Aston Martin is taking Henrik Fisker to court over the Thunderbolt concept, with the automaker claiming he blatantly copied trademarked design elements in his one-off creation and misrepresented the underpinnings of the coupe. [UPDATE]
In a suit filed today in California, Aston states that several elements of the Thunderbolt, from the grille to the badges to the side vents, are all protected under intellectual property law.
"He's taken one of our cars and used our own design IP and claimed it has his own," Aston Martin's Simon Sproule told Jalopnik. "If anyone puts [those design elements] on a car in an unauthorized way, we have a right to defend it."
Several uniquely Aston Martin styling components have been redesigned or exaggerated on the Thunderbolt, while other bits, like the front end, are incredibly close to other Astons – specifically the One-77 – and that's where the automaker is taking issue.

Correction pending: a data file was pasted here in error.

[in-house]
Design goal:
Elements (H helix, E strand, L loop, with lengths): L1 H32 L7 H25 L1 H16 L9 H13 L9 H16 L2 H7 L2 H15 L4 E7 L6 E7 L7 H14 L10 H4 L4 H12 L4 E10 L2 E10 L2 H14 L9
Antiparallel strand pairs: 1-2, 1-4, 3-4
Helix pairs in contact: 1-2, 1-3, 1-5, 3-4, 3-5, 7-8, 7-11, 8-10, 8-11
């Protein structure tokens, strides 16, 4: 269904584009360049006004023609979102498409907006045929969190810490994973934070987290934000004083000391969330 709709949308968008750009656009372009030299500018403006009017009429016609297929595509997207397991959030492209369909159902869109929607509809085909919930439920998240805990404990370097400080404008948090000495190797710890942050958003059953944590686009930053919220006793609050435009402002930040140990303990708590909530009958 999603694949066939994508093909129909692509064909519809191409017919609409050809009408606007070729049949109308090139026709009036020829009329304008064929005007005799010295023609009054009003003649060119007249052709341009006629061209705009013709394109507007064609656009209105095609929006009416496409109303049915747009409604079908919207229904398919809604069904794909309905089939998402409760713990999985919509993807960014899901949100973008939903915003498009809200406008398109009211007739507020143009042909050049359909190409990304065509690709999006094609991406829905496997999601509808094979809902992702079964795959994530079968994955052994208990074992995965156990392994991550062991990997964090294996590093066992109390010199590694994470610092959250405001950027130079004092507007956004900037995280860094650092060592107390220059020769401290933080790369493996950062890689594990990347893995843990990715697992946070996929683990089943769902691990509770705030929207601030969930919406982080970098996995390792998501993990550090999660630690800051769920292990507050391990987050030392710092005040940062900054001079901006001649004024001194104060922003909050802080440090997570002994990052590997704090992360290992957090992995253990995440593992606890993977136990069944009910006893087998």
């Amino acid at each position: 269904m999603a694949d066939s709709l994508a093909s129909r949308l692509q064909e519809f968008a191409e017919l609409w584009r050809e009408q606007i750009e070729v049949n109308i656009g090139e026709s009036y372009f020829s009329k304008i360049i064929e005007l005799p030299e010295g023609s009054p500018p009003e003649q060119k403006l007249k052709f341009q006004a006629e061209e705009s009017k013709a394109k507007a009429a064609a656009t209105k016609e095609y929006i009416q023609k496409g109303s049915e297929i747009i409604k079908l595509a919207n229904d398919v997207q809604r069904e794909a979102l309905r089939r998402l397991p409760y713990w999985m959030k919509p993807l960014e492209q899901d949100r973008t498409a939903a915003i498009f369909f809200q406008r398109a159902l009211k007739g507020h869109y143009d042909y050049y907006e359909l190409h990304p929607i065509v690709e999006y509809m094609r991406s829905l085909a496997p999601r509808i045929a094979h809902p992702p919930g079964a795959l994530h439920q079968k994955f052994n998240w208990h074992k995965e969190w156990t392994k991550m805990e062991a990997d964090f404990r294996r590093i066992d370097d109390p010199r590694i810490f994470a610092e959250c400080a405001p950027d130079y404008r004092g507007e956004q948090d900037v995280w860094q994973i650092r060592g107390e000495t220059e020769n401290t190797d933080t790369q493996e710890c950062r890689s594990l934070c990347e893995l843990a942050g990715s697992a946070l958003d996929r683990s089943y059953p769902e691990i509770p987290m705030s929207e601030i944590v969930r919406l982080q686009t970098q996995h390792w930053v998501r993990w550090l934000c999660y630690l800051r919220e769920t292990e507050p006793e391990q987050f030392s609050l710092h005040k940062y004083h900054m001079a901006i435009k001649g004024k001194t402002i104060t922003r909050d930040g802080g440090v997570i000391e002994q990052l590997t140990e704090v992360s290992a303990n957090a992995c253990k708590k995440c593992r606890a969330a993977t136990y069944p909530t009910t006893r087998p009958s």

Aston claims that Fisker, who was Aston's former design director, reached out to the automaker about the design early on in the process, and Aston expressed concerns over the project. The automaker believed it would go in a different direction, and was surprised when the finished product debuted earlier this month at the Amelia Island Concours, prompting the suit.
Additionally, Fisker claims that the Thunderbolt is based on the newest version of the Vanquish, however, Aston notes in the lawsuit that Fisker actually used an older vehicle, likely the DB9 or DBS. From the suit:
Fisker's false statements are intended to deceive consumers into mistakenly believing the Thunderbolt Prototype features the qualities and characteristics of the newer, higher- end Aston Martin VANQUISH model.
Aston Martin has a long tradition of working with different coachbuilding companies in the past, primarily Zagato, which has partnered with the automaker as far back as the 60s and most recently in 2011.
How Aston will prove that Fisker's creation is more than just an elaborate (and expensive) tuner car is up to the lawyers, but the design obviously hit a sore spot for Aston.
"He's created a car, launched it in public, and that product has direct design elements copied from our car," says Sproule. "And it's protected under law."
UPDATE: We've secured the lawsuit and embedded below: